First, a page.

This hospital was intended for the leprous of the abbey; so that whenever it should happen, that any profest monk of it should be infected with any contagious distemper, but above all with the leprosy, on account of which, he could not live within the precincts of the abbey, without prejudice and scandal to the rest of the fraternity, that then he should be provided for in this hospital, with a convenient chamber, and with meat, drink and appare, in as full a measure, as any one of his brethren living in the monastery; and that when it should happen, that the father, mother, sister, or brother of any monk of this monastery should come to such great want and indigency, so that, to the reproach of any of these brethren, he or she should be forced to ask at the gates, the alms of the fraternity, that then such of them should be provided for in this hospital with sufficient maintenance, according to the ability of the house, by the advice and consideration of the abbot of St. Augustine's, and of the master of this hospital for the time being; as appears by the hospital's private ledger, (fn. 26) and confirmed by many of his successors. (fn. 27)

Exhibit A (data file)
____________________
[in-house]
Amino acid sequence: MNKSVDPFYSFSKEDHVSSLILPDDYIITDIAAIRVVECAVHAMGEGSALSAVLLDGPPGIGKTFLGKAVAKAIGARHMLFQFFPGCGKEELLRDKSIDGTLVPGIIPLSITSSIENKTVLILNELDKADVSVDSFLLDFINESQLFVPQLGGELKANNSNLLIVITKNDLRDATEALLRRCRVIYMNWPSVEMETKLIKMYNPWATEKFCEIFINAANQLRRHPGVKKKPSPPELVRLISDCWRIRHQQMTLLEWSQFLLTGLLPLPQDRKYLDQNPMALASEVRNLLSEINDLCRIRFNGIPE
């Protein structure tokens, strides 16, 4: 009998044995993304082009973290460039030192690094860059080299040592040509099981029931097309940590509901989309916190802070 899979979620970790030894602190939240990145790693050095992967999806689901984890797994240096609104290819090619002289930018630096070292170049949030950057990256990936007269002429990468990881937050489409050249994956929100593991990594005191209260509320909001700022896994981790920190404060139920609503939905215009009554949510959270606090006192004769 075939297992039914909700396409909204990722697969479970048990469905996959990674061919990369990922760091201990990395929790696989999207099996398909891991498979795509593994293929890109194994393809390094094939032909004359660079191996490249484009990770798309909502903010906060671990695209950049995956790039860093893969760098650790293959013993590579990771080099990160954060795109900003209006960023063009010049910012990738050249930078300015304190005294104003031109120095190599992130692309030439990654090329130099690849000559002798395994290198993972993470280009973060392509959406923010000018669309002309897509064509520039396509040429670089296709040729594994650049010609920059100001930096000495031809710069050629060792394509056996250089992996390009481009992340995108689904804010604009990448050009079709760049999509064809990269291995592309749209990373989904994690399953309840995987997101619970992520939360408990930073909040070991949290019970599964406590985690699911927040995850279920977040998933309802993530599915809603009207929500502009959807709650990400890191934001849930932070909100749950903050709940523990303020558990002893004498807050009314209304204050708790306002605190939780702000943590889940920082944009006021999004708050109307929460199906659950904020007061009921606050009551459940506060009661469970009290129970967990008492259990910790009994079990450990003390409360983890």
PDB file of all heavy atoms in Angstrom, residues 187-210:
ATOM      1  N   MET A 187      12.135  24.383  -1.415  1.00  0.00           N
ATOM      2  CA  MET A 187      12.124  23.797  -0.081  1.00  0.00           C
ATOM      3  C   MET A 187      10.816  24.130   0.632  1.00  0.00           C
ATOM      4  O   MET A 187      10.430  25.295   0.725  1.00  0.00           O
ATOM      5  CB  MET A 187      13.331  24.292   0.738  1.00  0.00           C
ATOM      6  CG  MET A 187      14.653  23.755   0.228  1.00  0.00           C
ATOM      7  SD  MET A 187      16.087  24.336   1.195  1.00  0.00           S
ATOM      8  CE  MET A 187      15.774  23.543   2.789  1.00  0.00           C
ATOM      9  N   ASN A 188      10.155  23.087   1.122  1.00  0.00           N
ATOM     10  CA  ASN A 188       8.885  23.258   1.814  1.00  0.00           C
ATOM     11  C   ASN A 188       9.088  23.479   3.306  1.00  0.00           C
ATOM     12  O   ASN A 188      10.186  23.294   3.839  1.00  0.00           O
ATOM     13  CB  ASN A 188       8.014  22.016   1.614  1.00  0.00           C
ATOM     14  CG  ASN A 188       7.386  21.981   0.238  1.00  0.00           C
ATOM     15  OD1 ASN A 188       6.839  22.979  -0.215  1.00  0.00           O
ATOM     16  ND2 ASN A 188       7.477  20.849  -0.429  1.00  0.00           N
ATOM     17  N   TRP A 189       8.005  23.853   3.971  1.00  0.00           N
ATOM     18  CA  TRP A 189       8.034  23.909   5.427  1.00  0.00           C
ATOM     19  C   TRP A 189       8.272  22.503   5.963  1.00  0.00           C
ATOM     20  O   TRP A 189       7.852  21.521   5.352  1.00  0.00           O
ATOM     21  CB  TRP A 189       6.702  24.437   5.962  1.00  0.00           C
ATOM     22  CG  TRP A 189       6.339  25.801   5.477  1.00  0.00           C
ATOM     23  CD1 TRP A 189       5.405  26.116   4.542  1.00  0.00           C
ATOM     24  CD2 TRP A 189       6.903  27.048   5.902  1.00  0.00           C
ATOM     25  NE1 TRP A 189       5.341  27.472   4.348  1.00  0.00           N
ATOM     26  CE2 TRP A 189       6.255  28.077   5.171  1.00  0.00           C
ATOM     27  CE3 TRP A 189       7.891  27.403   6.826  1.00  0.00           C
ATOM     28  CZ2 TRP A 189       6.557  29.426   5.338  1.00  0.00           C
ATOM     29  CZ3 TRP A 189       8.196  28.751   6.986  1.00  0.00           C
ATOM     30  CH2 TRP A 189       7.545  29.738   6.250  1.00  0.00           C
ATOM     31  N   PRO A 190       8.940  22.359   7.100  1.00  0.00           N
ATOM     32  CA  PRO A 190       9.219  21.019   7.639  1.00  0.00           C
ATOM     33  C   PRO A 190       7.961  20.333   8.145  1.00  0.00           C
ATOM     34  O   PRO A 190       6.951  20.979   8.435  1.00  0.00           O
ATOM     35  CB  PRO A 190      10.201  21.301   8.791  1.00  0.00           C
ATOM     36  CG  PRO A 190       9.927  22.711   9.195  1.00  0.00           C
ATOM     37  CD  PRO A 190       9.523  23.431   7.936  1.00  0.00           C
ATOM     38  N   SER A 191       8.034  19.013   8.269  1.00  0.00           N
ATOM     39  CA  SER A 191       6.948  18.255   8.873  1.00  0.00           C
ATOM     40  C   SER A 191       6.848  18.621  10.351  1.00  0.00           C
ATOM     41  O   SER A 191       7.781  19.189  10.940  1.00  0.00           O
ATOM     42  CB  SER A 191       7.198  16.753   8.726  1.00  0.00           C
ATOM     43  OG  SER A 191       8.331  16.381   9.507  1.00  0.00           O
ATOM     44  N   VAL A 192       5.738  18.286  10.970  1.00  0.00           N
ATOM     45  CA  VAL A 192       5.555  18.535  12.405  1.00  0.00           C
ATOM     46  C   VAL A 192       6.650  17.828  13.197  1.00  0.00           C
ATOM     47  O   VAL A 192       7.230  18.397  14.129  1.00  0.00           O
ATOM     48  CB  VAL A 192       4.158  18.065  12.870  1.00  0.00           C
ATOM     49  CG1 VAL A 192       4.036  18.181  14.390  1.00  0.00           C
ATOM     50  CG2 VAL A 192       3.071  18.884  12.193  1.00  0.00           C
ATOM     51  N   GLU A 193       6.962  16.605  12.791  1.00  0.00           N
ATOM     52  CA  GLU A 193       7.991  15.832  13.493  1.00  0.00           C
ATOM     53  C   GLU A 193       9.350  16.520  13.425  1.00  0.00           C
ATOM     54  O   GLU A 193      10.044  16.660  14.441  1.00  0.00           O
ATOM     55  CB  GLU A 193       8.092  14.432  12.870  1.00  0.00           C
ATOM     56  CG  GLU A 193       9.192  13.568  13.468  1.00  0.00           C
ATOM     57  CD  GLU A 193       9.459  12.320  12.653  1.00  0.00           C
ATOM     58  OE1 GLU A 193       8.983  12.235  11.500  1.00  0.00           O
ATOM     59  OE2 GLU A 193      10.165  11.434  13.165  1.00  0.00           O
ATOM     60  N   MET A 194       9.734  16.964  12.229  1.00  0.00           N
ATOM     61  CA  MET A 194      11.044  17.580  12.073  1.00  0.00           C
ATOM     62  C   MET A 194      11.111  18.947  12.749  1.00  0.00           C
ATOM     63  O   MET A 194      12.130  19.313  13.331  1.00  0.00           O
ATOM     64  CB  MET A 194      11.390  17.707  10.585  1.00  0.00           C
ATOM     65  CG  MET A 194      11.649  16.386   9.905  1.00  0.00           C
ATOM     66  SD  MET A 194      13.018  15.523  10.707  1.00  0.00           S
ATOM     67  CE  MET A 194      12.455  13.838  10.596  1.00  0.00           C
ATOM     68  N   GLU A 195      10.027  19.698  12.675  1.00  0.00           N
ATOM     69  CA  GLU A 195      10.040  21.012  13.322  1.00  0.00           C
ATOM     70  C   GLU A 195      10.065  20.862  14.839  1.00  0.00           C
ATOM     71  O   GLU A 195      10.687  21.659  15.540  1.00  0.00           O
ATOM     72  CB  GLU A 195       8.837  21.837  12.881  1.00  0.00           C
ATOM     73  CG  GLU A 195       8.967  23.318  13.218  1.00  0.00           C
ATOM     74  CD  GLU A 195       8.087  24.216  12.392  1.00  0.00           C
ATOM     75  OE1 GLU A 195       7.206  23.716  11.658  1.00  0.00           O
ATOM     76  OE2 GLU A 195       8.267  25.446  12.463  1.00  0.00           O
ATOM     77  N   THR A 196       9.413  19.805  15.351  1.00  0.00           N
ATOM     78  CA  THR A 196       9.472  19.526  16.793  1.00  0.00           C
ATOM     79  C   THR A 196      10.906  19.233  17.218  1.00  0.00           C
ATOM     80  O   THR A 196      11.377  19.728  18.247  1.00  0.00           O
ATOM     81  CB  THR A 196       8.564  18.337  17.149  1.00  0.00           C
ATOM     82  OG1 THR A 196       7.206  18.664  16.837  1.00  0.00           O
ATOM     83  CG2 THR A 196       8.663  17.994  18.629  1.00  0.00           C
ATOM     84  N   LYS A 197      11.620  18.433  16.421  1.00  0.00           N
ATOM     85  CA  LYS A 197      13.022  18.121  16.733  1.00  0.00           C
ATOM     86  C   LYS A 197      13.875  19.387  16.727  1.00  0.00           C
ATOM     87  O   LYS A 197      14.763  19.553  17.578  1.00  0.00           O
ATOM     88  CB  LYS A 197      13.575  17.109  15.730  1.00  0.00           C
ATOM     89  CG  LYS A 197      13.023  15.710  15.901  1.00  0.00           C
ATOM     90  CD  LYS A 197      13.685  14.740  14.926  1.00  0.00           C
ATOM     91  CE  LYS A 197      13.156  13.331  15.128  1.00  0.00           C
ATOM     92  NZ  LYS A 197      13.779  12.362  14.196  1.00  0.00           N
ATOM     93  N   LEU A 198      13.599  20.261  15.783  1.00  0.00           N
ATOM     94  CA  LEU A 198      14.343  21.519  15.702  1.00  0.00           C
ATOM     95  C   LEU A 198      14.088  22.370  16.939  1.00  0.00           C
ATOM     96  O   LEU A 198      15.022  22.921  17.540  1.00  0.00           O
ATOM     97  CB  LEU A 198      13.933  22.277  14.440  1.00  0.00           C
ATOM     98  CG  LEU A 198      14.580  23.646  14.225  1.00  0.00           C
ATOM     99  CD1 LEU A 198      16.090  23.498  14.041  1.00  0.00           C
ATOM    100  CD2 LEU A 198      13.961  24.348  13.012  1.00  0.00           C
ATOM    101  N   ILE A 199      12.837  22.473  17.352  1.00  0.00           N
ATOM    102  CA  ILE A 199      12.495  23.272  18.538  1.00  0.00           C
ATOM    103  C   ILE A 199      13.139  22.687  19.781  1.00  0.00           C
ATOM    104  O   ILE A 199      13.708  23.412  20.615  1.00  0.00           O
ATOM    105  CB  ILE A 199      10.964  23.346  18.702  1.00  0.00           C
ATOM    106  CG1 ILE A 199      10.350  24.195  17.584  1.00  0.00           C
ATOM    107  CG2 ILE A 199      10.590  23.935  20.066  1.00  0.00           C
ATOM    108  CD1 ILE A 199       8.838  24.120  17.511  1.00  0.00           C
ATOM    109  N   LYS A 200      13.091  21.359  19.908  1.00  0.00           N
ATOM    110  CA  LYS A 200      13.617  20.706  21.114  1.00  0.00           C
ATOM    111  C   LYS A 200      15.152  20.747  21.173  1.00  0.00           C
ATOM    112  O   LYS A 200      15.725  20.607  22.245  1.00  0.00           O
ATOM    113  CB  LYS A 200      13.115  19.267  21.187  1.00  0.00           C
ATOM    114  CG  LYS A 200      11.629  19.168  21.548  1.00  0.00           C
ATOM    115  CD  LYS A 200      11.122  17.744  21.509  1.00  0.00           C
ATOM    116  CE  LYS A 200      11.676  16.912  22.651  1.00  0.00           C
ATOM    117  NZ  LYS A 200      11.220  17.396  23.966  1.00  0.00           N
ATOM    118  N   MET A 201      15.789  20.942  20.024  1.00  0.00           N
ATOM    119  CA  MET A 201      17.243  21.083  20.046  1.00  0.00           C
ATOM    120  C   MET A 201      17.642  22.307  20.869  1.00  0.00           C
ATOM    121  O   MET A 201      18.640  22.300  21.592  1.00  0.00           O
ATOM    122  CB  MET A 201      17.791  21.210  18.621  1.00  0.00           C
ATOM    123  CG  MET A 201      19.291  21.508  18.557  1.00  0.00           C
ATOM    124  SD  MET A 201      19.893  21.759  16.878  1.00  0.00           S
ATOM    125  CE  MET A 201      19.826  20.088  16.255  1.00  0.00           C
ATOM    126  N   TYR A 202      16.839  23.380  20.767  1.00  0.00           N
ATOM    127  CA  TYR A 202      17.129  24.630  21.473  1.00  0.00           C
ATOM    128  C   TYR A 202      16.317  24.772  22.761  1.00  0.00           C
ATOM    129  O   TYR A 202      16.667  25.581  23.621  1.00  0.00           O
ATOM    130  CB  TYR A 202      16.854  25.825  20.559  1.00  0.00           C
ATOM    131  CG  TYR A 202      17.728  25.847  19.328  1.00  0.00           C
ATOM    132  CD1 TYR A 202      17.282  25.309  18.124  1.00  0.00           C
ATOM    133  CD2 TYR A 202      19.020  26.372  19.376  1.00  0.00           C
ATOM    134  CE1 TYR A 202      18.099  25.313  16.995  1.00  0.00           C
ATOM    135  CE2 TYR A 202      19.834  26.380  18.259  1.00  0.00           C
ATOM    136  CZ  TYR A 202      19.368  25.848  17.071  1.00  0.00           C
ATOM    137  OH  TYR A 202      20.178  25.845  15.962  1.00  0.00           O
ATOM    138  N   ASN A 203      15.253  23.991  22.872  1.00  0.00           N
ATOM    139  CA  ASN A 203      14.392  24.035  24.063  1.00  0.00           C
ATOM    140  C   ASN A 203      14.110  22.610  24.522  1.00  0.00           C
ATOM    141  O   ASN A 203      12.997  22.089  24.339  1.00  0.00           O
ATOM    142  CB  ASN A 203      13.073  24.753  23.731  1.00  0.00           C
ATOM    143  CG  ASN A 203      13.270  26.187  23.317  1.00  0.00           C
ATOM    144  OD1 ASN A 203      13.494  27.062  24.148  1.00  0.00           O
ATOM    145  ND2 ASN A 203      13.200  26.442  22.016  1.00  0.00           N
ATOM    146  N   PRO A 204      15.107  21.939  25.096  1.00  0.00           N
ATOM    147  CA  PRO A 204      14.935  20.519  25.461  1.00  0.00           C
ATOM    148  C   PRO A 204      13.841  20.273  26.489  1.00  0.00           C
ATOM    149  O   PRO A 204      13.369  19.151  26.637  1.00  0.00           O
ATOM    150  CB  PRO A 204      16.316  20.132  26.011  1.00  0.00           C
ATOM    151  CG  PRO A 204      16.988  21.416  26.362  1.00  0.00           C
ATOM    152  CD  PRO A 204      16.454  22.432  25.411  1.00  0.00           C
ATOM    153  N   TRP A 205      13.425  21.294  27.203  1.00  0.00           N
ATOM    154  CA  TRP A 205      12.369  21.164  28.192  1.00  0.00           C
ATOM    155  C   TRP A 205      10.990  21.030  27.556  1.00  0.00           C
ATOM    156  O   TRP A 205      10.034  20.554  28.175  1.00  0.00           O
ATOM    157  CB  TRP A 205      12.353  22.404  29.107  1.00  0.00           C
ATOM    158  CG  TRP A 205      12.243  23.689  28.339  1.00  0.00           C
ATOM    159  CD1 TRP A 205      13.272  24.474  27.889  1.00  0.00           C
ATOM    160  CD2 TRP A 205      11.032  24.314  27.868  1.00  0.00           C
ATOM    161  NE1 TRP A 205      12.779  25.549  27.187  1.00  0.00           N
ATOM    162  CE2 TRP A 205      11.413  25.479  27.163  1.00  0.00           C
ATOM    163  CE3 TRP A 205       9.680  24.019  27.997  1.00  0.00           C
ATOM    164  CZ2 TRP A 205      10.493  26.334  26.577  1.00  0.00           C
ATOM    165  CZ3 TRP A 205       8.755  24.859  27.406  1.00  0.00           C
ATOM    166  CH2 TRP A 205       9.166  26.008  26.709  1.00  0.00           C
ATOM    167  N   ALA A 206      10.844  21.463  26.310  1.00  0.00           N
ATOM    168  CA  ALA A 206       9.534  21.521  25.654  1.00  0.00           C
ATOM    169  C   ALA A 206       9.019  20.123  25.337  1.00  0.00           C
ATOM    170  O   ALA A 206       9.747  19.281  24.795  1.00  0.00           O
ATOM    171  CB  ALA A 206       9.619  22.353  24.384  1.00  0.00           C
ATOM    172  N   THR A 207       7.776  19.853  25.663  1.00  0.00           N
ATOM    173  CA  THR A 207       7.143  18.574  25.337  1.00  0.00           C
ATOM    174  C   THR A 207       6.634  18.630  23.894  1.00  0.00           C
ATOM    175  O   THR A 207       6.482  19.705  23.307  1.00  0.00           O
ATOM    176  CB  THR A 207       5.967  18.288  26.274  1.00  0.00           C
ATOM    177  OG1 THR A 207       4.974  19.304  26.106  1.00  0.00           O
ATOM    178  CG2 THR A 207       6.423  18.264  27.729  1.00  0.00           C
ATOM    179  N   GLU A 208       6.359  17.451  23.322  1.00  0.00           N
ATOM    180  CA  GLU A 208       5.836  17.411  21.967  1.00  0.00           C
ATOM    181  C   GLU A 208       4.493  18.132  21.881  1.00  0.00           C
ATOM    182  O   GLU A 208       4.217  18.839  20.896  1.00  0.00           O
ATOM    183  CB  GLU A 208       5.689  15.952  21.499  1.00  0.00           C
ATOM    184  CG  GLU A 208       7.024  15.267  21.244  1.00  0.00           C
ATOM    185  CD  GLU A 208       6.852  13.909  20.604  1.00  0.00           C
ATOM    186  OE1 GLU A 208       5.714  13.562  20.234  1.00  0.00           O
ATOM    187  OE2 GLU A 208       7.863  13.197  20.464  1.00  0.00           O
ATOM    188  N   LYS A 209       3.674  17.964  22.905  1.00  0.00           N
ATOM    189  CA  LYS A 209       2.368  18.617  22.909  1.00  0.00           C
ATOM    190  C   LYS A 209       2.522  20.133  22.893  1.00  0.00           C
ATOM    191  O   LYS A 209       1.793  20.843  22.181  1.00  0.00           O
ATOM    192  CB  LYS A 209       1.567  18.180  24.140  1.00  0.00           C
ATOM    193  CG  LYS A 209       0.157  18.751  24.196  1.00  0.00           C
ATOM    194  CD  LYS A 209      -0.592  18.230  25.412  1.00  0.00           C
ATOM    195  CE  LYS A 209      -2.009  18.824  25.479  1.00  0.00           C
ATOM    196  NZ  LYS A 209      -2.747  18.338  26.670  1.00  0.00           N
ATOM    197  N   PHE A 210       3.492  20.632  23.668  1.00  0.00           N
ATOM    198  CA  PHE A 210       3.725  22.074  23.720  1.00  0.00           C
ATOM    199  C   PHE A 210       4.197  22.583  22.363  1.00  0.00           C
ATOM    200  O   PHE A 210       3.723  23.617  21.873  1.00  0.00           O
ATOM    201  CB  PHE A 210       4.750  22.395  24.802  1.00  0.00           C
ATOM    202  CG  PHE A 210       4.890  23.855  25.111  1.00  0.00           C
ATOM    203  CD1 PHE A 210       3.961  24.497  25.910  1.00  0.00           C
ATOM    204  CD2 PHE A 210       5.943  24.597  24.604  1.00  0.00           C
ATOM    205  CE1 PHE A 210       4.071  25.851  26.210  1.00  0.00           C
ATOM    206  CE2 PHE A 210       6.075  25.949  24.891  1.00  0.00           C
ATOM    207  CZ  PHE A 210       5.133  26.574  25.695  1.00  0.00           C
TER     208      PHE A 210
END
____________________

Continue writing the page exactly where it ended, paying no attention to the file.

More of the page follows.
Abbot Hugh and his convent, for the purpose of erecting this hospital, had purchased and given in alms nine acres of land, of their demesne, lying contiguous, near the way which led from Canterbury to Dover on the right side of it, within the abbey's lordship of Longport, on which this hospital was afterwards built; and they gave for the maintenance of it, and of the sick and poor people in it, the tithe of all sorts of provisions yearly arising from all that land which they had in demesne, on the right side of the way, and the tithes of wheat and peas of all the land, which lay towards Longport of their demesne of that manor, on the left hand side of the way; to which was added, the blessing of God upon all those, who should be charitable to the poor and sick in this hospital. (fn. 28)